How Do Live Viral Vaccines Work?

Reviewed on 12/27/2021

How do live viral vaccines work?

Live viral vaccines are biological products that provide immunity against certain viral infections. Live viral vaccines stimulate the body’s immune system to produce antibodies against specific types of viruses and protect a person from diseases caused by these viruses.

Live viral vaccines are weakened (attenuated) forms of disease-causing viruses. Live viral vaccines produce a strong and often life-long immunity similar to that acquired from a natural infection, but without subjecting the person to the disease and its complications, because they only contain a small amount of the weakened viruses.

Live viral vaccines are derived by weakening the disease-causing viruses in laboratories, usually with repeated culturing. Live viral vaccines must be stored and handled with care because they are fragile and can be damaged by heat and light.

Live viral vaccines may not be safe for individuals with compromised immunity. People with weakened immune systems should consult with their health care providers before receiving live viral vaccines, because they may cause severe infections that their weakened immune systems may not be able to control.

Live viral vaccines approved by the FDA provide immunity against the following viral diseases:


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How are live viral vaccines used?

Live viral vaccines are administered as single or a series of one-time doses, except in the case of the influenza virus vaccine which is administered annually before the flu season. Live viral vaccines may be administered through the following routes:

Live viral vaccines approved by the FDA include:

  • Adenovirus type 4 and type 7 vaccine for individuals of ages 17-50 years
  • Dengue virus vaccine for children of ages 9-16 years with laboratory-confirmed previous dengue infection and living in endemic areas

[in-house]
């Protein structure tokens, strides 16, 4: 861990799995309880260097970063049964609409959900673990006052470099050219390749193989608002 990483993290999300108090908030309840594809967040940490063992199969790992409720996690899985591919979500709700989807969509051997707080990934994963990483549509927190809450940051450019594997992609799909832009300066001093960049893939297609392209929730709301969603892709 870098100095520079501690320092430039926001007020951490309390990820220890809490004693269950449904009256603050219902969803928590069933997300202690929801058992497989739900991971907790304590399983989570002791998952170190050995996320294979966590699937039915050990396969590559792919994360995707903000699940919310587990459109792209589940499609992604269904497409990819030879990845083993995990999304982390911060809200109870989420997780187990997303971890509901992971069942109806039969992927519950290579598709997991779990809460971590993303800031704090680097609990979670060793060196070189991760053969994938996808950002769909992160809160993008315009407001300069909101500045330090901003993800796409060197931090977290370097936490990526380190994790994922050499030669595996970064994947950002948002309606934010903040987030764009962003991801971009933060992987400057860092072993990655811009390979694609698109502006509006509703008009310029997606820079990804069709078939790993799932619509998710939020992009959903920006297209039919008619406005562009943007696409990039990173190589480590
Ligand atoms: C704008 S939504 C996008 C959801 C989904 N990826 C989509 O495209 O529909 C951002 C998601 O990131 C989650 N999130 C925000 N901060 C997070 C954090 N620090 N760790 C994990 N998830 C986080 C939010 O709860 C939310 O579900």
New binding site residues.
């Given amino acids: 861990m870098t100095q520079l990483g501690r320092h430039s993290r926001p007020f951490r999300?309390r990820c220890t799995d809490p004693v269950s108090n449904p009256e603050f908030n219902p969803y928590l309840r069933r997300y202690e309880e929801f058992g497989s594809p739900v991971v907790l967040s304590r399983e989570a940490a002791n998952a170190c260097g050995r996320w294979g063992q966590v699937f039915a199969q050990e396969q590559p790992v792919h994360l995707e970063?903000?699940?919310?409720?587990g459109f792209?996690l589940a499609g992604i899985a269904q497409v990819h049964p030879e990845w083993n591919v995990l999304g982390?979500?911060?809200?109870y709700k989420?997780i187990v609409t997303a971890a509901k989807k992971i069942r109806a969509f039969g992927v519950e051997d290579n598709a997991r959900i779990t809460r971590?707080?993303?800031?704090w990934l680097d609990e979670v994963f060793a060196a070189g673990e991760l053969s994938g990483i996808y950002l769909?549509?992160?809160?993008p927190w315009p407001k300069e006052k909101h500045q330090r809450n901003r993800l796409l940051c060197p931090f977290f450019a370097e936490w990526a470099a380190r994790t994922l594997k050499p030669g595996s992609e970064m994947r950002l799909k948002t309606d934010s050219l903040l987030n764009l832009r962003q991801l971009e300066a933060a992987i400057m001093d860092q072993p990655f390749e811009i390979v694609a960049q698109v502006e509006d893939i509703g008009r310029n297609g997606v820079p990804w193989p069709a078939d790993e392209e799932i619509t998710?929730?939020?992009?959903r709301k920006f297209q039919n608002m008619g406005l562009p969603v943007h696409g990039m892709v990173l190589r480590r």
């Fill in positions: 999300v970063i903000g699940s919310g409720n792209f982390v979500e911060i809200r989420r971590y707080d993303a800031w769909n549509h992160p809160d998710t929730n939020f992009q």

• Ebola Zaire vaccine for adults
  • Influenza intranasal vaccine for individuals of ages 2-49
  • Measles, mumps, and rubella vaccine for routine immunization in children and adults, and immunization for pregnant women without evidence of immunity, after termination or completion of pregnancy
  • Measles, mumps, rubella, and varicella vaccine for children of ages 12 months to 12 years
  • Rotavirus oral vaccine for prophylaxis in infants of ages 6-32 weeks
  • Smallpox vaccine, now no longer routinely administered since smallpox has been eradicated in the world
  • Smallpox and monkeypox vaccine for adults who are at high risk for smallpox or monkeypox infection
  • Varicella virus vaccine for individuals of age 12 months and older
  • Yellow fever vaccine for individuals 9 months and older who live in or travel to yellow fever endemic areas, and laboratory personnel at risk for exposure

What are side effects of live viral vaccines?

Side effects of live viral vaccines may include the following:

Information contained herein is not intended to cover all possible side effects, precautions, warnings, drug interactions, allergic reactions, or adverse effects. Check with your doctor or pharmacist to make sure these drugs do not cause any harm when you take them along with other medicines. Never stop taking your medication and never change your dose or frequency without consulting your doctor.

What are names of live viral vaccines?

Generic and brand names of live viral vaccines include:

  • ACAM2000
  • adenovirus types 4 and 7 live, oral
  • dengue vaccine
  • Dengvaxia
  • Ebola Zaire vaccine
  • Ervebo
  • FluMist Quadrivalent
  • influenza virus vaccine quadrivalent, intranasal
  • Jynneos
  • M-M-R-II
  • measles mumps and rubella vaccine, live
  • measles, mumps, rubella, and varicella vaccine, live
  • MMRV
  • ProQuad
  • Rotarix
  • RotaTeq
  • rotavirus oral vaccine, live
  • smallpox (vaccinia) and monkeypox vaccine, live, nonreplicating
  • smallpox (vaccinia) vaccine, live
  • varicella virus vaccine live
  • Varivax
  • yellow fever vaccine
  • YF Vax
  • Zostavax (DSC) - discontinued
  • zoster vaccine live (discontinued)


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